A Beginner’s Guide to Hog Hunting

February 21, 2022 4 min read

Hog hunting is gaining popularity nearly as fast as hog populations are growing in size. The two go hand in hand as hunters are called on to cull wild and feral hogs in many states. Many southern states, especially Texas, Florida and Louisiana, have hog populations that decimate crops and native wildlife. In Texas alone, the animals cause $400 million in damages yearly. The state’s response is to allow hog hunting year-round with just a general hunting license.

If you are planning a hog hunt, you have a lot of decisions to make. The ammunition must be hard-hitting, and the final shot must be precise. Tracking and stalking is a great challenge, but it can also be dangerous because wild hogs become aggressive when attacked. Hunting from elevated blinds is an excellent option that keeps hunters out of a hog’s path and conceals hunters’ scents and sounds.

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Hog Hunting Regulations

Every state has different hog hunting regulations to which you need to adhere. For instance, it is illegal in Texas to use a spotlight to assist in a night hunt without first notifying the local game warden. Texas also requires a general hunting license to hunt wild hogs. No matter the state you plan to hunt in, make sure to check its wildlife management department’s website for all the hunting rules and regulations in that state.

Taking the Shot

Whether you are shooting from a ground blind with a crossbow or taking aim with a rifle, you must hit the right spot on the hog to ensure a quick death. Not only is this ethical and part of many hunting rules and regulations, but  it is also safe for you. Hogs are sometimes aggressive. They are liable to attack hunters even after they are wounded, so delivering a kill shot, especially for grounded hunters, is a matter of personal safety.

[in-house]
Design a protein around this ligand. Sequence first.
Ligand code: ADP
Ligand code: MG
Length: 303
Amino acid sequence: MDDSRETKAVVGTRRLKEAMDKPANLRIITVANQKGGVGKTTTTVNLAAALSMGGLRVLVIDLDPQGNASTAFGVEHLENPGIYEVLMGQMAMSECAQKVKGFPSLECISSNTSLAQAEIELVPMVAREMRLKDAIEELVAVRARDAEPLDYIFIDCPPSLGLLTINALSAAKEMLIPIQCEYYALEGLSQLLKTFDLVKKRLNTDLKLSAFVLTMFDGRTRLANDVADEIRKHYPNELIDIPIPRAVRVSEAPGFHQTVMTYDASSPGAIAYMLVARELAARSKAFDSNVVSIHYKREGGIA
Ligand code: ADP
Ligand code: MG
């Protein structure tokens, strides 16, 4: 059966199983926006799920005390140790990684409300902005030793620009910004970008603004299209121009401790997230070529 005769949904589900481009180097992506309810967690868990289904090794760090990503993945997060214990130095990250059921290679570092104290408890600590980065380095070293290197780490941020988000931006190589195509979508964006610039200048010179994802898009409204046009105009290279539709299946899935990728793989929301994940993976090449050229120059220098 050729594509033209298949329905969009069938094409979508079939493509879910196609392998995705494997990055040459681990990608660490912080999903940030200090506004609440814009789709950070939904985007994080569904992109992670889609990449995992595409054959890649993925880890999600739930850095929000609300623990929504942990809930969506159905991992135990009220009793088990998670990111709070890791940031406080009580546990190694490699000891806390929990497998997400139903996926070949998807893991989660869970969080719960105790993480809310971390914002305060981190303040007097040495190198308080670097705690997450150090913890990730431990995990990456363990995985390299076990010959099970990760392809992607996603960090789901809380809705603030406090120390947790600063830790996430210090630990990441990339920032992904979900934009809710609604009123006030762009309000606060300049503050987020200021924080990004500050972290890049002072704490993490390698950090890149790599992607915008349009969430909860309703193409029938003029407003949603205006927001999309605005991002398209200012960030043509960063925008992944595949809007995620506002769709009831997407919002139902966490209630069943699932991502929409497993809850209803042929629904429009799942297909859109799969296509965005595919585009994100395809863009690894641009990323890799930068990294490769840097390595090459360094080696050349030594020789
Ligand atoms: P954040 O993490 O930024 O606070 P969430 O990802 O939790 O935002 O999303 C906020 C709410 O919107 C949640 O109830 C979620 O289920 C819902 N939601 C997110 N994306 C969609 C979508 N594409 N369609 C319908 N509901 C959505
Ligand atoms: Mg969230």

a hunter with a rifle using a mirrored ground blind

Shot placement

Shot placement is essential for delivering a quick kill. A hog’s vital organs are located behind its shoulders, protected by thick skin and bones. You either need a quartering-away shot to gain bone-free access to the hog’s vitals, or you need to hit it with something with enough power to break through bone. 

If you have the firepower to get to the vital organs, you can aim for the brain, spinal cord, lungs or heart. To hit the brain, place your shot just behind the animal’s ears. The spinal cord is another few inches behind that and a couple of inches up the back. For a shot to hit the lungs and heart, you need to aim a few inches behind the shoulder or four to five inches above the elbow. Hitting a hog in these locations with a high penetration round or arrow will result in an incapacitating wound and quick death.  

Arrow/broadhead and ammunition

Heavier broadheads and arrows reduce range and increase arrow drop. However, they increase arrow penetration, which is critical for taking down a thick-skinned hog. There are hog-specific broadheads out there that are worth testing before the hunt. If your arrow penetration is not deep enough, you will have to take a quartering-away shot where the arrow enters the hog’s gut and travels into the vital organs from behind. The ammunition you use depends on your gun, the distance you expect to shoot from and if you need to take successive shots like in a night hunt where multiple hogs are the goal. Using large calibers and heavy bullets is a safe option because you’re sure to get through to the hog’s vitals.

a shadow hunter hunting blind

Hunting Styles

Hogs have poor eyesight but a keen sense of smell and acute hearing. This means hunters need to be silent and aware of their scents. It also gives hunters the chance to bait hogs with aromas or a feeder. Hogs are attracted to the smell of berries and molasses and come to a feeder full of corn or ripe fruit. If you decide to hunt hogs using bait, you should have an elevated blind placed downwind of the bait. Hogs are unlikely to come into range if they smell human scents. 

The Marksman 4x6 Hunting Blind is an elevated blind made to conceal human scents and sounds to avoid detection. This model fits one or two hunters, and the whole blind is built to fit snugly into the bed of a truck for transportation to optimal positions. 

Stay Comfortable with Tail Mate Seating

Hog hunting is a year-round affair in many areas, so protection from the weather is important. Beyond keeping your scent and sounds in, the Marksman 4x6 keeps poor weather out. It’s well insulated and keeps out all bugs and critters as well. 

an elevated hunting blind in the snow

Try Hog Hunting This Year

Hog hunting is an exciting year-round hunting opportunity in many states. Take advantage of the season with heavy-duty arrows/broadheads or high-caliber rifles. Follow all the rules and regulations and keep yourself safe from aggressive wild hogs with elevated blinds and feeders. At Shadow Hunter Blinds, we provide the best elevated and ground blinds to help make your hunt a successful one. Contact us for more information on our blinds and accessories.